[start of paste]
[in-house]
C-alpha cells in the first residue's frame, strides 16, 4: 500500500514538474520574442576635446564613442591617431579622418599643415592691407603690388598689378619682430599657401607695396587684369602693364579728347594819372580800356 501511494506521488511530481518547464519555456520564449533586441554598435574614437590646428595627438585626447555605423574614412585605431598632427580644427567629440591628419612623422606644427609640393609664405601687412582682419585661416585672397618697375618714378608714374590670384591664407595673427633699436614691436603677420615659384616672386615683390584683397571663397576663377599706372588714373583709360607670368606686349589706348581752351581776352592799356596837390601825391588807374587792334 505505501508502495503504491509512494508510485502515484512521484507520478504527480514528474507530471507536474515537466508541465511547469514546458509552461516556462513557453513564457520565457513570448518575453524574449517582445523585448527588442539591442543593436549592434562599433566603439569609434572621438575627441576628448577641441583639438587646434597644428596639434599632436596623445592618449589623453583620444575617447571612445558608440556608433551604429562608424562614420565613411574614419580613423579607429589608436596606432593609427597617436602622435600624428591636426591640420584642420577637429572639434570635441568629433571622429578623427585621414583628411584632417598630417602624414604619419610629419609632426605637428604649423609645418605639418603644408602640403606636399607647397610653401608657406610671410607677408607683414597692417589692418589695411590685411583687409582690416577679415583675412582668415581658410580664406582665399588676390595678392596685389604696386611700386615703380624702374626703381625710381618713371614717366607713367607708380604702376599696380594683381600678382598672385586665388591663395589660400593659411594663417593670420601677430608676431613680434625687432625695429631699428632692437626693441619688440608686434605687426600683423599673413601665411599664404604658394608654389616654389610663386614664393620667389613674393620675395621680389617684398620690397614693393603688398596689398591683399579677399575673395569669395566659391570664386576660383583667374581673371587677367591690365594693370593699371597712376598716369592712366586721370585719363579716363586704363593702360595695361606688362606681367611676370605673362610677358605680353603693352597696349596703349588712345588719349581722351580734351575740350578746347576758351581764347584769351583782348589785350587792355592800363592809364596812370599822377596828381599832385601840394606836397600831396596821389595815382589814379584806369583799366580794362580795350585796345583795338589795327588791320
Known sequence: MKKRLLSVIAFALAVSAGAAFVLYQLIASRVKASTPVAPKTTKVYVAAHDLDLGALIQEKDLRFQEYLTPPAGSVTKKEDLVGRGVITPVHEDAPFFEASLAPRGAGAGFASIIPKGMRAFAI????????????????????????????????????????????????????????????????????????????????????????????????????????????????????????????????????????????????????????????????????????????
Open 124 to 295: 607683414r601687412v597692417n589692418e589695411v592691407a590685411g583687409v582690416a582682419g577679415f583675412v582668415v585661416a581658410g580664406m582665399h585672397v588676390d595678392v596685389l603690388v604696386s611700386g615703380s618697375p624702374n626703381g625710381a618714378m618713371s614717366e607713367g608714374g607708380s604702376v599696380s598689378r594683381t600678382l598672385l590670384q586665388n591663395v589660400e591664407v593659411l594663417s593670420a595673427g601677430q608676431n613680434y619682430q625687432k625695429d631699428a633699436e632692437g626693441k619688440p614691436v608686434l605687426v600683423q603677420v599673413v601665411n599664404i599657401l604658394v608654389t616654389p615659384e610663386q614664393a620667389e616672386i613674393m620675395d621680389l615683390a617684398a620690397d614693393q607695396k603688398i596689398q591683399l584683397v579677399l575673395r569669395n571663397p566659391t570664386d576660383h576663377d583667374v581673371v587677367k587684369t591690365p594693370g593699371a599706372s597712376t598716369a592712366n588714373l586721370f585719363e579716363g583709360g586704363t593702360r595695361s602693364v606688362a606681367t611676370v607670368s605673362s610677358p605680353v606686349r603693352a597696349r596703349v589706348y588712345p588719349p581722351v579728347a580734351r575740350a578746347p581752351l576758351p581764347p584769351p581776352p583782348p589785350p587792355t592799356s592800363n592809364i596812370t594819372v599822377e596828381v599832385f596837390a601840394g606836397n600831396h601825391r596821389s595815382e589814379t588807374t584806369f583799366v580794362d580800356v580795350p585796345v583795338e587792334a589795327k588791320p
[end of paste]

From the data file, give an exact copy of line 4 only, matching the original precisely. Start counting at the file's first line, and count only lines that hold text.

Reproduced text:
Open 124 to 295: 607683414r601687412v597692417n589692418e589695411v592691407a590685411g583687409v582690416a582682419g577679415f583675412v582668415v585661416a581658410g580664406m582665399h585672397v588676390d595678392v596685389l603690388v604696386s611700386g615703380s618697375p624702374n626703381g625710381a618714378m618713371s614717366e607713367g608714374g607708380s604702376v599696380s598689378r594683381t600678382l598672385l590670384q586665388n591663395v589660400e591664407v593659411l594663417s593670420a595673427g601677430q608676431n613680434y619682430q625687432k625695429d631699428a633699436e632692437g626693441k619688440p614691436v608686434l605687426v600683423q603677420v599673413v601665411n599664404i599657401l604658394v608654389t616654389p615659384e610663386q614664393a620667389e616672386i613674393m620675395d621680389l615683390a617684398a620690397d614693393q607695396k603688398i596689398q591683399l584683397v579677399l575673395r569669395n571663397p566659391t570664386d576660383h576663377d583667374v581673371v587677367k587684369t591690365p594693370g593699371a599706372s597712376t598716369a592712366n588714373l586721370f585719363e579716363g583709360g586704363t593702360r595695361s602693364v606688362a606681367t611676370v607670368s605673362s610677358p605680353v606686349r603693352a597696349r596703349v589706348y588712345p588719349p581722351v579728347a580734351r575740350a578746347p581752351l576758351p581764347p584769351p581776352p583782348p589785350p587792355t592799356s592800363n592809364i596812370t594819372v599822377e596828381v599832385f596837390a601840394g606836397n600831396h601825391r596821389s595815382e589814379t588807374t584806369f583799366v580794362d580800356v580795350p585796345v583795338e587792334a589795327k588791320p